CRM_J 101 Midterm: Exam 1 Study Guide
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Department
Criminal Justice
Course
CRM_J 101
Professor
Dylan Pelletier
Semester
Spring

Description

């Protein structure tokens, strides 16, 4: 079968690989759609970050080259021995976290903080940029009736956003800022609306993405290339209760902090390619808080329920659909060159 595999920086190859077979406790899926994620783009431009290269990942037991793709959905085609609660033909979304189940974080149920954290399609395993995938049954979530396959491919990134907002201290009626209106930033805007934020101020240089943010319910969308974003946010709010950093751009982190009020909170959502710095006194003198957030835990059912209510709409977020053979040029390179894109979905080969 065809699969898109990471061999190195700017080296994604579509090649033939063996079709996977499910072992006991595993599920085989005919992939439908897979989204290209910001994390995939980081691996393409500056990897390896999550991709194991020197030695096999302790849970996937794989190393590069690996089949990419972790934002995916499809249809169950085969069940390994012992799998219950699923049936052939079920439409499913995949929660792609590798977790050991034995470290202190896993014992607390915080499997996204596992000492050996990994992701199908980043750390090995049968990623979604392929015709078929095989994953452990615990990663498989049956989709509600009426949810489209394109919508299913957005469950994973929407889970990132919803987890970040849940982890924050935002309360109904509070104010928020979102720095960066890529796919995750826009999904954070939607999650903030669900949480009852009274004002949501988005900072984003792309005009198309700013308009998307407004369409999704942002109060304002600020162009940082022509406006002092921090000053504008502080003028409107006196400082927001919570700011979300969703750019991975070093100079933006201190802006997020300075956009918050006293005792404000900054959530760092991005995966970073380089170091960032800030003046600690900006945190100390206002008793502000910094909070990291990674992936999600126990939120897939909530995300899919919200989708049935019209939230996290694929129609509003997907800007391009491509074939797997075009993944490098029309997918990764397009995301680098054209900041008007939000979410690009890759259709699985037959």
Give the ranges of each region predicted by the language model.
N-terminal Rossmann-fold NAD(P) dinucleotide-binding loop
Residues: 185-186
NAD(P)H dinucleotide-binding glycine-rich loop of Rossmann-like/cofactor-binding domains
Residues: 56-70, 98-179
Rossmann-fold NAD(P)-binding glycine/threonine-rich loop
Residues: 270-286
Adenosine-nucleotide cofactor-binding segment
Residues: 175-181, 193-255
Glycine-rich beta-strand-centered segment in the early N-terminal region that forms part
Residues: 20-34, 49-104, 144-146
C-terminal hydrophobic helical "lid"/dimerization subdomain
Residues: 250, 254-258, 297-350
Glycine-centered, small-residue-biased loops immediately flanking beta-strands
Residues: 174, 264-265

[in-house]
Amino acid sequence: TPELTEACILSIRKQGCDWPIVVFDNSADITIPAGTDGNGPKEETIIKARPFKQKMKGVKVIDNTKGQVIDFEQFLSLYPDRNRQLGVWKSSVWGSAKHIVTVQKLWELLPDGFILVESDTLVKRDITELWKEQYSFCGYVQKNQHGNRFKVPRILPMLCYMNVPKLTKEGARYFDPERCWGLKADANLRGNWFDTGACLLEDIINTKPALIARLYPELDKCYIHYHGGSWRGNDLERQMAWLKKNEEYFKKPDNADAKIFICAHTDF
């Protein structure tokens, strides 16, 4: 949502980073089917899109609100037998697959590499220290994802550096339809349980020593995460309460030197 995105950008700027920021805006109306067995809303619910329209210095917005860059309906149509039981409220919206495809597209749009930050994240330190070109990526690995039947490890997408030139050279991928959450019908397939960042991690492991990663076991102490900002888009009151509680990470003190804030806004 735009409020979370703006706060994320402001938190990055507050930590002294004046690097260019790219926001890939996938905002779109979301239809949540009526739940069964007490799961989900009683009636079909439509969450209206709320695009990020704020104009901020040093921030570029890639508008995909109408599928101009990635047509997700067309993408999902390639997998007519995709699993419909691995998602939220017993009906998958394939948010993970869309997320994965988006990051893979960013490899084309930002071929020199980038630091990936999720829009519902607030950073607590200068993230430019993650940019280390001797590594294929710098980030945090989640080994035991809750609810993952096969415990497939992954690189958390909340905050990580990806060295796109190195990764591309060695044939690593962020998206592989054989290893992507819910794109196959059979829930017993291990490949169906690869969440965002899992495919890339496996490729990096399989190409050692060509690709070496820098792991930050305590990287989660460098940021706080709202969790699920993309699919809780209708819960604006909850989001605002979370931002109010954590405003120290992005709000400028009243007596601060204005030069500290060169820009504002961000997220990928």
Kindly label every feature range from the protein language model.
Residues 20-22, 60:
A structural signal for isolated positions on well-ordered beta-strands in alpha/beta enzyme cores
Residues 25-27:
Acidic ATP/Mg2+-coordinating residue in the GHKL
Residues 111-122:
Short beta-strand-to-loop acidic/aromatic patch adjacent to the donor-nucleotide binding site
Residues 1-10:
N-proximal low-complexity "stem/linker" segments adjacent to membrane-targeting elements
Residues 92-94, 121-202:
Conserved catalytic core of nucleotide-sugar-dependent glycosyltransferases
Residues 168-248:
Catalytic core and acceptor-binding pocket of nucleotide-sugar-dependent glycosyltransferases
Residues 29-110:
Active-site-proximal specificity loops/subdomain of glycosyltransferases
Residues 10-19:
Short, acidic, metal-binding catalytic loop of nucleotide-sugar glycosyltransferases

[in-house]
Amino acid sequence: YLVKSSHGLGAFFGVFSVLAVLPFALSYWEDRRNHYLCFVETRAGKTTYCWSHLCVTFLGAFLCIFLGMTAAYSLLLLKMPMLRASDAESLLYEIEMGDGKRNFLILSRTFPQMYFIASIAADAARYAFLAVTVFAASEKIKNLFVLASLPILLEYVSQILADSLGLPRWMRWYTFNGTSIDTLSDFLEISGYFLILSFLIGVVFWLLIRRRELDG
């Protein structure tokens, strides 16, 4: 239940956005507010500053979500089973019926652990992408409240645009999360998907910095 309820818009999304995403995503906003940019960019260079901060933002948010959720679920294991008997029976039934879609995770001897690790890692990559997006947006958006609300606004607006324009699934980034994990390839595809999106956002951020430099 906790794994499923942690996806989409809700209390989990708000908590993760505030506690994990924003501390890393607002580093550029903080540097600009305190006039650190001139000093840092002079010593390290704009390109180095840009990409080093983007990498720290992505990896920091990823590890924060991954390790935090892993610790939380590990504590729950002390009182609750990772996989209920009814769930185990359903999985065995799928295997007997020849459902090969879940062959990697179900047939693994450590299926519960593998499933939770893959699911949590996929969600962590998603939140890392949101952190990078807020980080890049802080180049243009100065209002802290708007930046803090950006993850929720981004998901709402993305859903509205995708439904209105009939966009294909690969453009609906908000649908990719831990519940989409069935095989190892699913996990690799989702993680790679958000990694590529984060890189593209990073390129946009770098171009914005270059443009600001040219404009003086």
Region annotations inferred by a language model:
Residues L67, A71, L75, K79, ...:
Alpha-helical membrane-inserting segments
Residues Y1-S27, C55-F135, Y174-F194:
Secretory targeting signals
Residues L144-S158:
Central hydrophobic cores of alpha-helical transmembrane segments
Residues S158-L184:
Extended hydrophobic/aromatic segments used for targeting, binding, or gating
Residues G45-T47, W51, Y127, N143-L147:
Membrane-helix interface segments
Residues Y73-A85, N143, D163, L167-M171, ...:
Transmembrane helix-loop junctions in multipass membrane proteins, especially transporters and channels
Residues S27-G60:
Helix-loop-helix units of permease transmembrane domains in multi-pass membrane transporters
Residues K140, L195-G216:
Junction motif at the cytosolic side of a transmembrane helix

EXAM 35 Questions 15 multiple choice 4 sections of 5 matching 2 are names and years of theorists to theory Social Disorganizations Theory Burgess Model 1925 * Blue: Central Business no one wants to live * Green: Transitional zone: recent immigrants, deteriorating housing, factories, abandonments * Red: Working class zone: single family * Yellow: Residential Zone: single family homes with yards and garages * Purple: Commuter zone: suburbs Shawn McKay Social Disorganization Theory - Social Disorganization: when collective efficacy doesn’t exist - Collective Efficacy: when there is no social disorganization Mertin 1957 Anomie Theory (Strain) - Disjunction between socially acceptable goals and means - Accept goals but reject the means to achieve them - Conformance accept means reject goals - Innovators accept goals and reject means which are deviant people Subcultural Theory Coughen 1955 - Subcultures support criminal behavior - Reaction formations - Rejection of middle class values by lower class youth lacking access to approved opportunities for success Sutherland 1947 Social Process Theories - Differential Associations Theory - Crime as a natural consequence of interaction with criminal lifestyles - Restraint theories - Social Control Theory - Neutralization techniques Direct: view that if you punish your kids it'll deter them from committing crimes Labeling Theory Howard Becker 1963 - Continued crime is a consequence of limited opportunities resulting from negative responses of society to offenders Classical and Neoclassical * Move away from superstitions and mysticism * Product of enlightenments * Emphasis places on rationality * Crime caused by free will * Cesare Beccaria * Jeremy Bentham Neoclassical Criminology -Contemporary version of classical school • Rational choice theory 1985 Clark and Cornish: People rationally choose to commit crimes • Routine Activities theory 1979 Cohen and Felson: In order for crime there must be 2/3 of either a motivated offender, a suitable target, and a lack of capable guardianship Franz Joseph Gall and Phrenology -Phrenology is the study of shape and size of head -Based on the size and shape of your head you can tell if you will commit crimes or not Cesare Lombroso and Atavism -Physical abnormalities that distinguish whether or not someone will commit a crime Early Biological Theories -Crime is predetermined and based on genetics • Social Policy: led to the eugenics movement in 1920’s & 30’s • Sterilization would keep criminal characteristics from being passed on to offspring Buck v. Bell 1927 -Indiana was forcing individuals who were unfit to society to be euthanized UCR: Uniform crime reporting programs (UCR/NIBRS) compiled by the FBI NCVS: National Crime Victimization Survey (NCVS) by the Bureau of Justice Statistics The UCR/NIBRS Programs - Created in 1927 by IACP and adopted by FBI in 1930 - 18,000 law enforcement agencies provide data - Original program included 7 crimes - Arson added in 1979 - Use of “Crime Index” was discontinued in 2004 - The UCR uses the hierarchy rule ranking crimes which means the most serious crime gets reported National Incident Based Reporting System - NIBRS is incident driven -Goals of NIBRS: Enhance quality, quantity, and timeliness of crime data collection,Improve methodology for computing, analyzing, auditing Historical Trends -UCR/ NIBRS reports crime rates per 100,000 people -Crime rates # of
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